If a police officer has any reason to believe you’re under the influence of alcohol, they’re sure to pull your vehicle to the side of the road to learn more.
Of course, just because this happens doesn’t mean you’ll be put under arrest. There are steps you can take to protect your legal rights, with the goal of driving away from the scene without trouble.
Here are some of the most important steps to take:
- Say as little as possible: Not only is the officer listening closely, but they’re probably wearing a camera that will catch everything. Don’t feel compelled to share too much information, and never answer a question you don’t understand.
- Remain polite: As the officer approaches your window, put it down and then keep your hands on the steering wheel. When asked if you know why you were pulled over, a simple “no” will do.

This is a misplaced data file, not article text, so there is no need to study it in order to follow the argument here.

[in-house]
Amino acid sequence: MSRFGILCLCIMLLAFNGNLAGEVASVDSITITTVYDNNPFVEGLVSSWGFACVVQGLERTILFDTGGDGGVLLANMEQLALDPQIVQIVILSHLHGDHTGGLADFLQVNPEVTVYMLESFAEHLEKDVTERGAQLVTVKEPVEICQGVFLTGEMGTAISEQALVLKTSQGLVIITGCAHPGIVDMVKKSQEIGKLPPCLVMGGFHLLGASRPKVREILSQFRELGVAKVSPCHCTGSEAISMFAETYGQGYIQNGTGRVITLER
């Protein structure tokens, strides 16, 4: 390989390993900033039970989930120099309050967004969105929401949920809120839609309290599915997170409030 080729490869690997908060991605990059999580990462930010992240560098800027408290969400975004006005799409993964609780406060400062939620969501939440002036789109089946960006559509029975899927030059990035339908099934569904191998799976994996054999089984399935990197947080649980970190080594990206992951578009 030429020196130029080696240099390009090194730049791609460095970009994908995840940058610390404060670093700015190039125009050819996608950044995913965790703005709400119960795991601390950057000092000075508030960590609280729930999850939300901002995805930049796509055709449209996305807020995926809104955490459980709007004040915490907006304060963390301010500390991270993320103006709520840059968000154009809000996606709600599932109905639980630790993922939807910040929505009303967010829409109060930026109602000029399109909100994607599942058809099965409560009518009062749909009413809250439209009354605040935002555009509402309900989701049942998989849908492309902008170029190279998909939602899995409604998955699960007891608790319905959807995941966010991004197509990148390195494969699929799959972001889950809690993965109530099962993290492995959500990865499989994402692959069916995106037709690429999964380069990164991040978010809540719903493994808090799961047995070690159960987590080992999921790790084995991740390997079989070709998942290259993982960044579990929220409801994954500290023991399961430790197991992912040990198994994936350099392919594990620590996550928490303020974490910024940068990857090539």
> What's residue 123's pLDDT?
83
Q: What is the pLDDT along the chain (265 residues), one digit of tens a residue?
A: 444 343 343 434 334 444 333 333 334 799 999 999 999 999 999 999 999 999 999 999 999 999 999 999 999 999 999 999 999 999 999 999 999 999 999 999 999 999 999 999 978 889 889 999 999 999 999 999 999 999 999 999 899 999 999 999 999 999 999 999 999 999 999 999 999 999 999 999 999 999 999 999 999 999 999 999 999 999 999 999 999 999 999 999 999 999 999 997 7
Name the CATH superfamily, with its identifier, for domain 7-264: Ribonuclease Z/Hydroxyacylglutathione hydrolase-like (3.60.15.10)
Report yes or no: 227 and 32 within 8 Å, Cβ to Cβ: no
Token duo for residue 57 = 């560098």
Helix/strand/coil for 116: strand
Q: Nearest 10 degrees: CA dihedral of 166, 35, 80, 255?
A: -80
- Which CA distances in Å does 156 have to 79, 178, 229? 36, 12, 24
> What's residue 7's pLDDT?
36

- Don’t explain your legal rights: You know you have legal rights, but you don’t have to explain them to the officer. The one exception is telling the officer that you’re invoking your right to remain silent, should it be necessary to do so.
- Don’t agree to a field sobriety test: In the state of Texas, you’re not legally required to partake in a field sobriety test. Furthermore, there’s no penalty for refusal.
- Refuse a breath and blood test: If you’re asked to submit to a breath and/or blood test, respectfully turn it down. The only time you should do this is if you are 100% confident that there’s no alcohol in your system. Even if you only had one drink, it can push your blood alcohol content level past the legal limit.
Depending on the way things unfold, the officer may tell you that you’re under arrest. Don’t resist, but instead go along with the officer’s requests. While doing so, avoid saying too much.
When you take these steps, you’ll feel better about your ability to protect yourself during a DWI traffic stop. It’s your hope that you’re not put under arrest, but if you are it doesn’t guarantee a conviction and the penalties associated with it. You still have the opportunity to defend yourself in court.